The Seductress, The Virgin, The Matriarch

The Seductress, The Virgin, The Matriarch
RADICAL SOFTNESS AS A WEAPON BY LORA MATHIS (2015)

In conversation with Singaporean artists Lizzie Wee and Stephanie Jane Burt on how 'radical softness' can destabilise gendered hierarchies.

With the rise in popularity of millennial pink and an evident resurgence of Y2K fashion, the values of ‘soft’, ‘pretty’ and ‘pink’ have become critical tools to deconstruct, subvert and contest the patriarchal framework and gender binaries. Such “radical softness as a weapon”, first coined by queer artist Lora Mathis in 2015, boldly confronts traditional notions of femininity and power, allowing hyperfemininity to claim new significance in the semantics of gender. We invite two local artists Lizzie Wee and Stephanie Jane Burt to share with us how their practices have been informed by the gender discourse and how they actively challenge the moulds of gender stereotypes, binaries and tradition to reimagine the female narrative. Lizzie Wee has been researching extensively on female characters portrayed in Asian television series and movies over the past year, which has led her to create a list of archetypes, from ‘The Seductress’ to ‘The Virgin’. In a recent new video work, Honey Trap (2021), she looks towards stylised imagery of women and vernacular used to describe them from risqué vintage Penthouse and Playboy magazines to devise her own femme fatale. On the other hand, Stephanie Jane Burt creates sculptural installations that references literature and films to examine feminism, girl culture and nouveau roman. Looking back at archival images of romance comic anthologies, Burt has created a new body of work, Romance Report Letters, in hopes of recasting the heroine of these stories who seem to be in a state of constant peril. She also started a research project, A Stubborn Bloom, which explores representations of femininity within fashion, film and material culture.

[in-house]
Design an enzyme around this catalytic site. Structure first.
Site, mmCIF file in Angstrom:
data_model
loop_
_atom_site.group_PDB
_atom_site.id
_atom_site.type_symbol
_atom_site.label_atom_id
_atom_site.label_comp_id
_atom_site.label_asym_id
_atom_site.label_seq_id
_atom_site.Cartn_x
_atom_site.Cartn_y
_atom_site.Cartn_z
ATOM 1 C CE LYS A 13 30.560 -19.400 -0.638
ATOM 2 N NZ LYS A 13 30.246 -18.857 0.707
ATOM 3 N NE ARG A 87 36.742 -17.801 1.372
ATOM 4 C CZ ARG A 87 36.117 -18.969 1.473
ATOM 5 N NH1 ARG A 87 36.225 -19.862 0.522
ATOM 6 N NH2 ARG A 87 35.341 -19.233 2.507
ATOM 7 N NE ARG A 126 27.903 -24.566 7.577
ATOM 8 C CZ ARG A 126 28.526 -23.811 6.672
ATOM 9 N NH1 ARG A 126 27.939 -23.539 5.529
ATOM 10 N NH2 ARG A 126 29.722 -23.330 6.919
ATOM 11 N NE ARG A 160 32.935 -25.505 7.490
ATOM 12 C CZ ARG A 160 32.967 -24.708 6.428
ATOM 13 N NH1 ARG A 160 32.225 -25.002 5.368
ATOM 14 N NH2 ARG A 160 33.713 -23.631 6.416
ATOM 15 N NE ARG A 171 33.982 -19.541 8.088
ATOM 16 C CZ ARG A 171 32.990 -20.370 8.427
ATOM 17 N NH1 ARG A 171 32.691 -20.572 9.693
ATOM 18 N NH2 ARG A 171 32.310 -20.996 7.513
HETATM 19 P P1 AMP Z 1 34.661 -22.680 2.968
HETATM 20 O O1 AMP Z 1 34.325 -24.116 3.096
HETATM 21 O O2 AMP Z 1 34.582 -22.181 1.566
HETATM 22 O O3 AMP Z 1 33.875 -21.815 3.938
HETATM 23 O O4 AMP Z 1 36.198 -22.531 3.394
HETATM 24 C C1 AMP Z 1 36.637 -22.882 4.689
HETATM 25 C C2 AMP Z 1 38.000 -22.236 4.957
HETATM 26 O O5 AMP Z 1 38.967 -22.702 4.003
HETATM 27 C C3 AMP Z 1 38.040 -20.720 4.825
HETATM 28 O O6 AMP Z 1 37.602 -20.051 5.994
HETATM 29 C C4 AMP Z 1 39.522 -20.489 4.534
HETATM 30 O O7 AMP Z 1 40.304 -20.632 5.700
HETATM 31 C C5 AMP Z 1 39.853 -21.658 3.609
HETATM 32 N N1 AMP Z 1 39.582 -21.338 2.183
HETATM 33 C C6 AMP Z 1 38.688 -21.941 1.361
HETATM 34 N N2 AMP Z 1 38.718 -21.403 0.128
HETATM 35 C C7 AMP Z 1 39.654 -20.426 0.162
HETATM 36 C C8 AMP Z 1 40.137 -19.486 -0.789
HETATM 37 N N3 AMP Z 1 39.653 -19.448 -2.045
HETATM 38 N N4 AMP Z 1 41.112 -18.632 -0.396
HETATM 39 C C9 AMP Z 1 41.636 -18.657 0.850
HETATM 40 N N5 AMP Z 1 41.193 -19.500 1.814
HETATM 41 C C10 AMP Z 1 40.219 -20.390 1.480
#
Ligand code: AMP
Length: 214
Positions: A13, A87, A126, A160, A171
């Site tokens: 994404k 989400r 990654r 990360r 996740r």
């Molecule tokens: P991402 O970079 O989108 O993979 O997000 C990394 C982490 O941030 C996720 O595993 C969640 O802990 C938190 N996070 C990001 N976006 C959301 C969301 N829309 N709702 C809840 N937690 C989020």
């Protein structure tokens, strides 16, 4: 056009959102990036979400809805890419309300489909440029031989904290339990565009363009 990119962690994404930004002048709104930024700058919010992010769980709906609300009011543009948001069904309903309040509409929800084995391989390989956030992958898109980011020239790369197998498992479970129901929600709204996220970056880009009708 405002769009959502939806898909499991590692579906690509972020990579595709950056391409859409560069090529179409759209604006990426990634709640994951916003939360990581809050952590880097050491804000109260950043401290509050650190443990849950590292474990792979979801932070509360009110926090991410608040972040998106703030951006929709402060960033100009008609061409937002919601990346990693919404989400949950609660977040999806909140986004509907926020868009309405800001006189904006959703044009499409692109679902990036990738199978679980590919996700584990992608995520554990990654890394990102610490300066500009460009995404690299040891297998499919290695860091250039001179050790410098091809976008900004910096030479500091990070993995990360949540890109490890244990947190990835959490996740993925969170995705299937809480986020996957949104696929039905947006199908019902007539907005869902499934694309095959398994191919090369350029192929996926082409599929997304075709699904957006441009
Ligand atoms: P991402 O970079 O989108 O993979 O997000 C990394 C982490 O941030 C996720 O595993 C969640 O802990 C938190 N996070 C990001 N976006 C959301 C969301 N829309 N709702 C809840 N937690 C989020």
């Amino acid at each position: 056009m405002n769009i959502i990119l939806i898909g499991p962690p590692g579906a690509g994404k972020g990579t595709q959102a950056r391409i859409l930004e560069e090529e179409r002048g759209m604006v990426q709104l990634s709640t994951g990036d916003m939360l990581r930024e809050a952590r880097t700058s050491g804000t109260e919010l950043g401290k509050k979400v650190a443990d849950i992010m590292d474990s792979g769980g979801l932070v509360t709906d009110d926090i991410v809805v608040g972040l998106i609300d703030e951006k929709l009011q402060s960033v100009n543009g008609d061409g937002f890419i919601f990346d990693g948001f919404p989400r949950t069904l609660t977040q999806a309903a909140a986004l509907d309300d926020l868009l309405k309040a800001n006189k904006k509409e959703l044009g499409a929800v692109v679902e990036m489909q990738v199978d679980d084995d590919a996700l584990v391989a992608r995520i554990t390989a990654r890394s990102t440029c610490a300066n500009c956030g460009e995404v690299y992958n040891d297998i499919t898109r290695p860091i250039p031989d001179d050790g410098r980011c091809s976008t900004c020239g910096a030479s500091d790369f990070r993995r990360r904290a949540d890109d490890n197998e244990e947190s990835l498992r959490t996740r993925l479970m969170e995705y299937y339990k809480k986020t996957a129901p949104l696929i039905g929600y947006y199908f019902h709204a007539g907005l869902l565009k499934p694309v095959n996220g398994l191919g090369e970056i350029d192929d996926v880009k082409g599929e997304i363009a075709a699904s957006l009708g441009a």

Join us for an ingenuous evening peppered by the salacious with these two local female artists as we uncover secrets of the seductress, the virgin and the matriarch!

The Atelier: Yeo Workshop Presents—The Seductress, Virgin & Matriarch; An Artist Talk. Wednesday, 5 Jan 2022 7pm, The Orchid Room, Level 3, Mandala Club.


This talk is organised in conjunction with Ornamental ⠂瓖 (xiāng) at Yeo Workshop, Singapore. Featuring local and regional artists, the exhibition highlights an attentiveness towards the physicality of art works as ‘objects’, where artists in the show re-materialise various forms of domestic, cultural and political constructs to transcend the notion of utility in favour of aesthetics. It is an invitation back into the physical space and experience of art, away from the nebulous realm of the virtual and immaterial encounters.

Catch the exhibition before the event:

Ornamental ⠂瓖
13 Nov 2021 - 9 Jan 2022
Artists: Quynh Dong, Santi Wangchuan, Lizzie Wee, Stephanie Jane Burt, Shayne Phua.

For more information about the exhibition, please visit the gallery’s website here.

About Yeo Workshop
Yeo Workshop is committed to contemporary art in Singapore and supporting innovative practices of contemporary artists. Covering a multi-disciplinary approach, the gallery defines itself by its progressive engagements.

About the Artists

Lizzie Wee is a multidisciplinary artist, designer, illustrator, art director and video editor. She received her Bachelor’s in Fine Arts from New York University Steinhardt, and Master’s in Fine Arts awarded by Goldsmiths, University of London from LASALLE College of the Arts. Her present practice-based research investigates notions of identity and belonging, which are expressed through video, performance, and writing for performance.

Stephanie Burt is an artist whose practice spans from sculptural installations to fictional prose. She completed her studies at Glasgow School of Art, where she received her Bachelor of Arts (Hons) Painting and her Master of Fine Arts. Having recently completed a residency at ISCP New York in 2019, Burt’s work invites the viewer to explore dialogues between her installations and their settings through a fictional narrative at times referencing film and literature.